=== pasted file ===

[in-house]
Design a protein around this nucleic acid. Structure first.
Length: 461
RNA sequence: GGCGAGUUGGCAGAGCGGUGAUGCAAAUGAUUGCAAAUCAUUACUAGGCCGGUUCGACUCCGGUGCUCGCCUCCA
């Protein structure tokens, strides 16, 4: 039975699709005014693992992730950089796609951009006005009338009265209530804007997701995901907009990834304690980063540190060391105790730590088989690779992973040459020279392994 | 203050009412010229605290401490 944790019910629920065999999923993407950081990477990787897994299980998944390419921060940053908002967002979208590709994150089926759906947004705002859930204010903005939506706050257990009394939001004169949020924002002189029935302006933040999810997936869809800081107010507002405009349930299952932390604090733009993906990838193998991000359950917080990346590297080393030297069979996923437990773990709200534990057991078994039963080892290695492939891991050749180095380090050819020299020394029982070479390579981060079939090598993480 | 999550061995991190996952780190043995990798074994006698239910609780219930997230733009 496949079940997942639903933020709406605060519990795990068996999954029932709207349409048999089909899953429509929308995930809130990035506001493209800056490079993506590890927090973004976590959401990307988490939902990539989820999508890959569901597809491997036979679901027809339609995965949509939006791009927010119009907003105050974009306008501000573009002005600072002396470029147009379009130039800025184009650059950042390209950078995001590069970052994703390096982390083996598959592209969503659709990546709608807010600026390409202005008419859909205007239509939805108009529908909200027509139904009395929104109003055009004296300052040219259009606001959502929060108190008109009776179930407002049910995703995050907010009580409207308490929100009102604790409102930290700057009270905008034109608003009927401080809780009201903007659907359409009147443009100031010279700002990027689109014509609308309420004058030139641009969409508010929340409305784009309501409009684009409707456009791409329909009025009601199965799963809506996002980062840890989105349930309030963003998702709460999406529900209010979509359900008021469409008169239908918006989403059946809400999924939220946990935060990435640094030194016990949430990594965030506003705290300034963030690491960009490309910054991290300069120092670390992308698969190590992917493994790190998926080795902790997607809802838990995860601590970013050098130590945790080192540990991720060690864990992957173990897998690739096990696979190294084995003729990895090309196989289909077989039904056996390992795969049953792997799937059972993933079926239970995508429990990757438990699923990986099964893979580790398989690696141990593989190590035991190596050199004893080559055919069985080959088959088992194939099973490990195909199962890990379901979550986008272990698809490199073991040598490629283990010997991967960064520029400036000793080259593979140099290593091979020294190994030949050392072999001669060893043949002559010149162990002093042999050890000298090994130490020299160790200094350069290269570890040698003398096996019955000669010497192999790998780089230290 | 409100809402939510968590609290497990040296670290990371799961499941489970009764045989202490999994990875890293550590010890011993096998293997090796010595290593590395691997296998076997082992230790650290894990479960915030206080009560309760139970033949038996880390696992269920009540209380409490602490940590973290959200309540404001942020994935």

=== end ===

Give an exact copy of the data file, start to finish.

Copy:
[in-house]
Design a protein around this nucleic acid. Structure first.
Length: 461
RNA sequence: GGCGAGUUGGCAGAGCGGUGAUGCAAAUGAUUGCAAAUCAUUACUAGGCCGGUUCGACUCCGGUGCUCGCCUCCA
């Protein structure tokens, strides 16, 4: 039975699709005014693992992730950089796609951009006005009338009265209530804007997701995901907009990834304690980063540190060391105790730590088989690779992973040459020279392994 | 203050009412010229605290401490 944790019910629920065999999923993407950081990477990787897994299980998944390419921060940053908002967002979208590709994150089926759906947004705002859930204010903005939506706050257990009394939001004169949020924002002189029935302006933040999810997936869809800081107010507002405009349930299952932390604090733009993906990838193998991000359950917080990346590297080393030297069979996923437990773990709200534990057991078994039963080892290695492939891991050749180095380090050819020299020394029982070479390579981060079939090598993480 | 999550061995991190996952780190043995990798074994006698239910609780219930997230733009 496949079940997942639903933020709406605060519990795990068996999954029932709207349409048999089909899953429509929308995930809130990035506001493209800056490079993506590890927090973004976590959401990307988490939902990539989820999508890959569901597809491997036979679901027809339609995965949509939006791009927010119009907003105050974009306008501000573009002005600072002396470029147009379009130039800025184009650059950042390209950078995001590069970052994703390096982390083996598959592209969503659709990546709608807010600026390409202005008419859909205007239509939805108009529908909200027509139904009395929104109003055009004296300052040219259009606001959502929060108190008109009776179930407002049910995703995050907010009580409207308490929100009102604790409102930290700057009270905008034109608003009927401080809780009201903007659907359409009147443009100031010279700002990027689109014509609308309420004058030139641009969409508010929340409305784009309501409009684009409707456009791409329909009025009601199965799963809506996002980062840890989105349930309030963003998702709460999406529900209010979509359900008021469409008169239908918006989403059946809400999924939220946990935060990435640094030194016990949430990594965030506003705290300034963030690491960009490309910054991290300069120092670390992308698969190590992917493994790190998926080795902790997607809802838990995860601590970013050098130590945790080192540990991720060690864990992957173990897998690739096990696979190294084995003729990895090309196989289909077989039904056996390992795969049953792997799937059972993933079926239970995508429990990757438990699923990986099964893979580790398989690696141990593989190590035991190596050199004893080559055919069985080959088959088992194939099973490990195909199962890990379901979550986008272990698809490199073991040598490629283990010997991967960064520029400036000793080259593979140099290593091979020294190994030949050392072999001669060893043949002559010149162990002093042999050890000298090994130490020299160790200094350069290269570890040698003398096996019955000669010497192999790998780089230290 | 409100809402939510968590609290497990040296670290990371799961499941489970009764045989202490999994990875890293550590010890011993096998293997090796010595290593590395691997296998076997082992230790650290894990479960915030206080009560309760139970033949038996880390696992269920009540209380409490602490940590973290959200309540404001942020994935």